Democrats Introduce Marijuana Bill in the Senate

Denis Storey
July 21, 2022

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A decade after Colorado and Washington legalized marijuana for recreational use – and nearly 50 years after Oregon decriminalized the drug, the federal government took another step closer to following suit.

Senate Majority Leader Chuck Schumer, D-New York, Senate Finance Committee Chairman Ron Wyden, D-Oregon, and Sen. Cory Booker, D-New Jersey, introduced the Cannabis Administration and Opportunity Act (CAOA) on July 21. The bill appeared in the Senate more than a year after a draft of the proposed legislation started making the rounds.

The nearly 300-page bill would establish a cannabis tax and regulations while removing it from the federal list of controlled substances. It also would raise the Specifically, provisions in the bill include:

  • The creation of a 5% federal excise tax on small to mid-sized marijuana producers would incrementally climb to 12.5% after five years.

  • For larger operations, the tax would start at 10% and eventually max out at 25%.

  • Legalization of recreational marijuana products would be restricted to those 21 and older.

  • Expungement of records of anyone with low-level federal cannabis convictions within one year of enactment.

  • Establish a federal regulatory framework for the cannabis industry with the Food and Drug Administration (FDA), the Bureau of Alcohol, Tobacco, Firearms, and Explosives (ATF), and the Alcohol and Tobacco Tax and Trade Bureau (TTB), assuming the most prominent roles. As a result, the Drug Enforcement Administration would no longer have jurisdiction.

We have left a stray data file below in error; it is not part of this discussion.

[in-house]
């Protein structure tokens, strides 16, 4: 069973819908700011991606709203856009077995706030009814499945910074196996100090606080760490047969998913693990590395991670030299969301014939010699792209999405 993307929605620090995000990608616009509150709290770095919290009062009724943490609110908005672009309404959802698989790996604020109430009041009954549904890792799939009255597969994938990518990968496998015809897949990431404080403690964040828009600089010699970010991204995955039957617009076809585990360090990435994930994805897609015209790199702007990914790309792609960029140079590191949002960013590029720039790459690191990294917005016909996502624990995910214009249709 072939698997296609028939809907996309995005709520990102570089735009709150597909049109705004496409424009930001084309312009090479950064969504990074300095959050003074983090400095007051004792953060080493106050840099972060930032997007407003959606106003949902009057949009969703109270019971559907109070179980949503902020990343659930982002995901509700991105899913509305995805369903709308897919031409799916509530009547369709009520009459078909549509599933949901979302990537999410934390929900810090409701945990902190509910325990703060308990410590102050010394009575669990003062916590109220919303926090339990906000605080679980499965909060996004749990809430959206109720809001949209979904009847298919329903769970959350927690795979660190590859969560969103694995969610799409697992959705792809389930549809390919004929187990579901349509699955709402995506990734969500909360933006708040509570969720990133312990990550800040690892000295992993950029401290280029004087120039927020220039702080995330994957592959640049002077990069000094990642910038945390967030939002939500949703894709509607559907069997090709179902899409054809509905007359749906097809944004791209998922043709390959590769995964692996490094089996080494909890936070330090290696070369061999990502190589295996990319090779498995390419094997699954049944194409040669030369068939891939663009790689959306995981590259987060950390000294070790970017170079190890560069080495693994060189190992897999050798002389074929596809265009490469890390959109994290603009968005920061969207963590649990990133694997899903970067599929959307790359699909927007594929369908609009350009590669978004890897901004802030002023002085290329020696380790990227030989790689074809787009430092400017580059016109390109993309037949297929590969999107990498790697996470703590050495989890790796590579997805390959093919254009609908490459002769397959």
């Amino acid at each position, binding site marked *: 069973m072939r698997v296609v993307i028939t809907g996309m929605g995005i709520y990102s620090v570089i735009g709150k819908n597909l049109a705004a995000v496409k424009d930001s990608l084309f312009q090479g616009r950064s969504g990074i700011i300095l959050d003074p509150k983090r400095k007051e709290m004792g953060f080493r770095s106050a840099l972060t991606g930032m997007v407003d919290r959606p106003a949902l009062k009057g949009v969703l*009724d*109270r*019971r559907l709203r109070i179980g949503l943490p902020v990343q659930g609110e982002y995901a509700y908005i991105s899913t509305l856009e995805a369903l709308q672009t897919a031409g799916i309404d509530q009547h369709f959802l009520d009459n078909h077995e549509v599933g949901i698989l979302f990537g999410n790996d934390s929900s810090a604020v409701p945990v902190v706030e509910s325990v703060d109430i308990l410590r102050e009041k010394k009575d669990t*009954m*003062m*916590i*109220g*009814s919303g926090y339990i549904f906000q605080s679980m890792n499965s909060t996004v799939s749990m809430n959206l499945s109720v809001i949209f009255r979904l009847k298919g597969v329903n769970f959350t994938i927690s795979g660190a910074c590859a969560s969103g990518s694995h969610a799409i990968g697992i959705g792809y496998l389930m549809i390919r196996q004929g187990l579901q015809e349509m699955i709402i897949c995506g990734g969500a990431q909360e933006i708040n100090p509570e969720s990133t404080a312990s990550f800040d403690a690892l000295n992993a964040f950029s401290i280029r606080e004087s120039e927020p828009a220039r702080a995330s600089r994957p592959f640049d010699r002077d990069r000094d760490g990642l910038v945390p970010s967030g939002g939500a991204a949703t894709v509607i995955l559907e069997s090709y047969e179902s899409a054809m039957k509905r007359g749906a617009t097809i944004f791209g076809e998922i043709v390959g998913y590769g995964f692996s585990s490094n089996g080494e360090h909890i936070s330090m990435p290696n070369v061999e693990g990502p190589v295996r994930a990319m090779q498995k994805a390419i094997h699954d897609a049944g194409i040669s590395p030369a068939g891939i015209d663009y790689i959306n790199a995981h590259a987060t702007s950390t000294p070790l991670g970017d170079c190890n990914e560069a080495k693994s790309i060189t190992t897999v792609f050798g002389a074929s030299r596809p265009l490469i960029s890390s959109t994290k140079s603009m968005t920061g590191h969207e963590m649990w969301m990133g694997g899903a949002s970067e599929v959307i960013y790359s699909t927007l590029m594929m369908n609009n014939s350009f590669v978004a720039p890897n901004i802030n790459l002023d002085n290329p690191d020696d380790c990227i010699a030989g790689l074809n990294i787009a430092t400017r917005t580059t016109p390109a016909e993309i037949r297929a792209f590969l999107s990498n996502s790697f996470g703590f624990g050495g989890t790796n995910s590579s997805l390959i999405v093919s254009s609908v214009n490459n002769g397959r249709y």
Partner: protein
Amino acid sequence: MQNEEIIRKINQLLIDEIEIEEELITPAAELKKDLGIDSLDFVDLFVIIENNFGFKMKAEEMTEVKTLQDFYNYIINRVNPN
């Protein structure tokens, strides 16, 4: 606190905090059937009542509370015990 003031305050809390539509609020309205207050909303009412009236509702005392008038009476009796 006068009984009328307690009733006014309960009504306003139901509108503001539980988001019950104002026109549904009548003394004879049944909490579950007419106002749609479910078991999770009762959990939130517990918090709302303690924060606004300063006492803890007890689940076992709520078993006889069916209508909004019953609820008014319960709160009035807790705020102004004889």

• The launch of the Center for Cannabis Products – a new division within the FDA – would oversee “the production, labeling, distribution, sales, and other manufacturing and retail elements of the cannabis industry.”

Additionally, and maybe even most importantly, the legislation would finally allow companies in the space access to banking services while also creating a standard for impaired driving.

“Cannabis legalization has proven immensely successful at the state level, so it’s time that Congress catches up with the rest of the country,” Schumer said Thursday on the floor of the Senate. “I’m proud to be the first majority leader ever to say that it is time to end the federal prohibition on cannabis. This bill provides the best framework for updating our cannabis laws and reversing decades of harm inflicted by the war on drugs.”

What’s Next?

Schumer failed to spell out the next steps for the bill but expressed hope that something could get done by year’s end.

Voter support for marijuana legalization remains at an all-time high: a slew of polls from the last year or so show that roughly seven out of 10 registered voters insist cannabis should be legal. Nevertheless, even though this long-awaited legislation includes priorities from both parties, early indications are that it stands little chance of making it through the Senate, especially if it lingers until after the midterms.